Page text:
Wednesday, November 15, 2006

When a Source Gets the Ax

Have you ever had an editor cut someone you interviewed out of an article? If so, how do handle letting that person know?

The answer to this is a resounding, yes! It happens all the time, too often, in fact. And I hate it every time. But how do I handle it? Well, the flat-out honest answer is that sometimes, I don't always notice because I don't always read my stories after they've come out (I just quickly scan them onto my site) or they've come out soooo long after I've submitted them that I barely remember the subject matter, much less whom I interviewed. (Sad but true. In fact, I was just handed back a revision that I hadn't seen in so long I couldn't even remember what I'd written on.)


But, if, for example, I get passed the piece during the galley process and I see that a source has been cut out entirely, I often ask my editor if he or she can find a way to incorporate said source, especially if a source has really given me a lot of time. And many times, this works. If it doesn't, or if I notice that an expert isn't in the final version of the published article, I'll email him or her an apology and sincerely say that I really have no control over the editing process and that unfortunately, his quotes didn't make the piece. Which is the complete truth. I've never had anyone work himself into a tizzy over it: experts usually understand that while you try your very, very best to use them, it's not a slam-dunk...that's why it's PR, not advertising. Still though, I hate the thought that someone gave me their time, and I delivered buptkiss, so I usually tell them that they'll be my first call for my next story in which I can use them. And they are.

The other situation is, of course, when you interview a source and he or she has been entirely unhelpful. Which happened to me within the past week when an expert told me to call him, then literally had no more than two minutes to conduct the interview. Gee...thanks...I can really get great info in that timeframe! When this occurs, I wrap up the call by thanking them for their time, saying they've been helpful, and that I'll certainly do my best to try to use their advice in the piece. I think you can still be polite without letting them know that they were a complete washout. But yeah, if they really haven't made much of an effort with me, I often won't make much of an effort to track them down when the story runs. Frankly, the two-minute phone call probably won't register with them six months later when the story is published...and they won't have any idea or recollection that they were once contacted for an interview.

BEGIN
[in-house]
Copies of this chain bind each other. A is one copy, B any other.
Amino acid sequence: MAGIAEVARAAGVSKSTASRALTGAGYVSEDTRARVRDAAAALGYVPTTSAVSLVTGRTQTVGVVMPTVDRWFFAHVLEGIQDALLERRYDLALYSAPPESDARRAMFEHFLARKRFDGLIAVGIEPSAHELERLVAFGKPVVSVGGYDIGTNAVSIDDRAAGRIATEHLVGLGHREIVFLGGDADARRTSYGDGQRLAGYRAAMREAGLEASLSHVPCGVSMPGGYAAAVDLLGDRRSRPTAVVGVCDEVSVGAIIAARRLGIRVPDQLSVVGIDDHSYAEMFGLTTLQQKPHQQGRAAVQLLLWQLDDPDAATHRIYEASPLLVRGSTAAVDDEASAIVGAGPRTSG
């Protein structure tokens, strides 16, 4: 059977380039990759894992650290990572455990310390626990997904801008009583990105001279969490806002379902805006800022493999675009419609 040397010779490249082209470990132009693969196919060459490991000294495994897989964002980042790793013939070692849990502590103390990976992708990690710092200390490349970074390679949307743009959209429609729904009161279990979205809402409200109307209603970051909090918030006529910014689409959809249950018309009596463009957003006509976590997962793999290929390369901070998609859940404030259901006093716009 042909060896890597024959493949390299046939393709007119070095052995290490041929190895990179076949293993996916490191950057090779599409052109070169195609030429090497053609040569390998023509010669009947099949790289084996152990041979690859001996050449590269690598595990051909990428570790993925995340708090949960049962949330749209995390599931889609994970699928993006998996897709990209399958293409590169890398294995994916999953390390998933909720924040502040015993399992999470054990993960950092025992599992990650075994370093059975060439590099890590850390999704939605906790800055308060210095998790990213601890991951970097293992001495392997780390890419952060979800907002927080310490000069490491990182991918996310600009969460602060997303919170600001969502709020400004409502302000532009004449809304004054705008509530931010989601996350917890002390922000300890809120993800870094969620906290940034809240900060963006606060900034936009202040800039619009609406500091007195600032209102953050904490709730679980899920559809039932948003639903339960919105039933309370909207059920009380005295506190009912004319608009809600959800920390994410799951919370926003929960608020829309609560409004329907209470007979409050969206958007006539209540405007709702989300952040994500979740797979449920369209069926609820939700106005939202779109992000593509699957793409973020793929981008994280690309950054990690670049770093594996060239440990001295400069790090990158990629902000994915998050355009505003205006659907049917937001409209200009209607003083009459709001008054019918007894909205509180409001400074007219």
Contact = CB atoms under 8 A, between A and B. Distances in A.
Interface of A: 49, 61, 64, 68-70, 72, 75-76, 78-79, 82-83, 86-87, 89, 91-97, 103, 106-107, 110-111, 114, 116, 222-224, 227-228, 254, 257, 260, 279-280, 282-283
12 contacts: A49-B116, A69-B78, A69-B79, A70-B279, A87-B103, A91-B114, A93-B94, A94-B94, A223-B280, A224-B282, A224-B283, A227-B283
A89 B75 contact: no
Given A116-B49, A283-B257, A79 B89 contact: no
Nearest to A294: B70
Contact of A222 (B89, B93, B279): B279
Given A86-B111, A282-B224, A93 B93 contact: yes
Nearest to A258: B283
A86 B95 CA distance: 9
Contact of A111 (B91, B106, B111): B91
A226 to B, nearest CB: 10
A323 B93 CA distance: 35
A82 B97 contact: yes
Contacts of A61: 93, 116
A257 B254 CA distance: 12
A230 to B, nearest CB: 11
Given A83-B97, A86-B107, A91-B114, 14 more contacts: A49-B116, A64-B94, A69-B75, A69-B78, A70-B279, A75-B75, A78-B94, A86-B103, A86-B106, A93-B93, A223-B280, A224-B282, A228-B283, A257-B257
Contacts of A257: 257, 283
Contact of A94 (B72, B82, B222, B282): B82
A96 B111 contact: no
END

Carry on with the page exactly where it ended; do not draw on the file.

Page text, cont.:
So how do you handle sources getting cut?

6 comments:

Sara Hantz said...

Totally off topic, but as you're such an Office fan I didn't think you'd mind.

Last night I saw the first in the US version of the Office. I'm a HUGE fan of the UK version. Well, I thought the US version totally rocked. It was soooooo funny. Talk about laugh outloud. I love it when I've got another TV prog to look forward to.

Allison Winn Scotch said...

Yay, Sara! Welcome on the love train. :) I'm so excited, tomorrow's episode has gotten some advanced reviews and people are saying it's the best of the season!

Sara Hantz said...

Is this your first or second season?

Allison Winn Scotch said...

We're on the third! (But if you're just watching, the second season was much better than the first.)

Sara Hantz said...

When the series first started in the UK it took a while to get off the ground because of the documentary style format. I guess that could be the same for you. I think the reason I enjoyed the US one straight away is because I know and enjoy the format - so that side of things wasn't strange. Plus I sort of already knew the characters

Sharon Anne Waldrop said...

I have had expert sources cut out of the galley of articles for national magazines twice! At the beginning of each interview I tell my sources that I cannot guarantee that his/her quotes or an attribution will be published. However, BOTH times this happened, it was with experts who gave me 250% of themselves, and the thought of having them cut made me ill. Both times, I kindly asked my editor if there was anything that could be done to get their name back in the article, then I gave them the details as to why I felt this way (ie. I had to go back to the expert three times to ask new questions that were added to my assignment after the piece had already been filed). Both times, the editors complied, and everyone was happy. Unless it is very, very critical to me that the expert be included, I don't ask. However, in these two situations, it was critical.

Sharon